BACKGROUND/AIM: Ambient air pollution has been associated with lung cancer, but the shape of the exposure-response function - especially at low exposure levels - is not well described. The aim of this study was to address the relationship between long-term low-level air pollution exposure and lung cancer incidence. METHODS: The "Effects of Low-level Air Pollution: a Study in Europe" (ELAPSE) collaboration pools seven cohorts from across Europe. We developed hybrid models combining air pollution monitoring, land use data, satellite observations, and dispersion model estimates for nitrogen dioxide (NO2), fine particulate matter (PM2.5), black carbon (BC), and ozone (O3) to assign exposure to cohort participants' residential addresses in 100 m by 100 m grids. We applied stratified Cox proportional hazards models, adjusting for potential confounders (age, sex, calendar year, marital status, smoking, body mass index, employment status, and neighborhood-level socio-economic status). We fitted linear models, linear models in subsets, Shape-Constrained Health Impact Functions (SCHIF), and natural cubic spline models to assess the shape of the association between air pollution and lung cancer at concentrations below existing standards and guidelines. RESULTS: The analyses included 307,550 cohort participants. During a mean follow-up of 18.1 years, 3956 incident lung cancer cases occurred. Median (Q1, Q3) annual (2010) exposure levels of NO2, PM2.5, BC and O3 (warm season) were 24.2 µg/m3 (19.5, 29.7), 15.4 µg/m3 (12.8, 17.3), 1.6 10-5m-1 (1.3, 1.8), and 86.6 µg/m3 (78.5, 92.9), respectively. We observed a higher risk for lung cancer with higher exposure to PM2.5 (HR: 1.13, 95% CI: 1.05, 1.23 per 5 µg/m3). This association was robust to adjustment for other pollutants. The SCHIF, spline and subset analyses suggested a linear or supra-linear association with no evidence of a threshold. In subset analyses, ris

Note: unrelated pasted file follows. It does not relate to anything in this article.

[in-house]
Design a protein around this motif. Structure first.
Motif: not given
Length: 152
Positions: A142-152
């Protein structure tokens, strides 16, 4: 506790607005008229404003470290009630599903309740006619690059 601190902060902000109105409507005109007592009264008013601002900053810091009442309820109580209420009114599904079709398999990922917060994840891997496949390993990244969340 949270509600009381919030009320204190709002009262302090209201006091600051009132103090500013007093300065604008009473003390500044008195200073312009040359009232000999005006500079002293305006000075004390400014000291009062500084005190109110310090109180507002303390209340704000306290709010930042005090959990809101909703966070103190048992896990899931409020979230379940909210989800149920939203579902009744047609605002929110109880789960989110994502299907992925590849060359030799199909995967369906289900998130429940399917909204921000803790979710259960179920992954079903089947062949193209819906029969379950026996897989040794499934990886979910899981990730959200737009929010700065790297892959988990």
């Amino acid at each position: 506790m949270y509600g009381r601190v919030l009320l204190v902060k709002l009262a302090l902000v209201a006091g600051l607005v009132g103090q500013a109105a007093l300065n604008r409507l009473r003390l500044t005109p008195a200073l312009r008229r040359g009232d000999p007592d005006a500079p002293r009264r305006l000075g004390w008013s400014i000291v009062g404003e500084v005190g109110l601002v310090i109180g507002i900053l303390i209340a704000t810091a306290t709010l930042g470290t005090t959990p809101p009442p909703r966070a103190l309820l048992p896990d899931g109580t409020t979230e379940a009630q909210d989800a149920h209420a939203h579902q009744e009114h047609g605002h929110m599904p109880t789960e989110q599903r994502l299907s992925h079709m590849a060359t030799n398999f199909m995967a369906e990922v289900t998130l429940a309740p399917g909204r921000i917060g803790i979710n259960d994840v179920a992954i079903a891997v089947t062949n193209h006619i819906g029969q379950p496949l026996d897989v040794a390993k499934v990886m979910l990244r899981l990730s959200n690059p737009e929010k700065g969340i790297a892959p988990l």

Journal article

Liu S, Jørgensen JT, Ljungman P, Pershagen G, Bellander T, Leander K, Magnusson PKE, Rizzuto D, Hvidtfeldt UA, Raaschou-Nielsen O, Wolf K, Hoffmann B, Brunekreef B, Strak M, Chen J, Mehta A, Atkinson RW, Bauwelinck M, Varraso R, Boutron-Ruault M-C, Brandt J, Cesaroni G, Forastiere F, Fecht D, Gulliver J, Hertel O, de Hoogh K, Janssen NAH, Katsouyanni K, Ketzel M, Klompmaker JO, Nagel G, Oftedal B, Peters A, Tjønneland A, Rodopoulou SP, Samoli E, Bekkevold T, Sigsgaard T, Stafoggia M, Vienneau D, Weinmayr G, Hoek G, Andersen ZJet al., 2021, Long-term exposure to low-level air pollution and incidence of chronic obstructive pulmonary disease: The ELAPSE project., Environment International, Vol: 146, Pages: 1-8, ISSN: 0160-4120

BACKGROUND: Air pollution has been suggested as a risk factor for chronic obstructive pulmonary disease (COPD), but evidence is sparse and inconsistent. OBJECTIVES: We examined the association between long-term exposure to low-level air pollution and COPD incidence. METHODS: Within the 'Effects of Low-Level Air Pollution: A Study in Europe' (ELAPSE) study, we pooled data from three cohorts, from Denmark and Sweden, with information on COPD hospital discharge diagnoses. Hybrid land use regression models were used to estimate annual mean concentrations of particulate matter with a diameter < 2.5 µm (PM2.5), nitrogen dioxide (NO2), and black carbon (BC) in 2010 at participants' baseline residential addresses, which were analysed in relation to COPD incidence using Cox proportional hazards models. RESULTS: Of 98,058 participants, 4,928 developed COPD during 16.6 years mean follow-up. The adjusted hazard ratios (HRs) and 95% confidence intervals for associations with COPD incidence were 1.17 (1.06, 1.29) per 5 µg/m3 for PM2.5, 1.11 (1.06, 1.16) per 10 µg/m3 for NO2, and 1.11 (1.06, 1.15) per 0.5 10-5m-1 for BC. Associations persisted in subset participants with PM2.5 or NO2 levels below current EU and US limit values and WHO guidelines, with no evidence for a threshold. HRs for NO2 and BC remained unchanged in two-pollutant models with PM2.5, whereas the HR for PM2.5 was attenuated to unity with NO2 or BC. CONCLUSIONS: Long-term exposure to low-level air pollution is associated with the development of COPD, even below current EU and US limit values and possibly WHO guidelines. Traffic-related pollutants NO2 and BC may be the most relevant.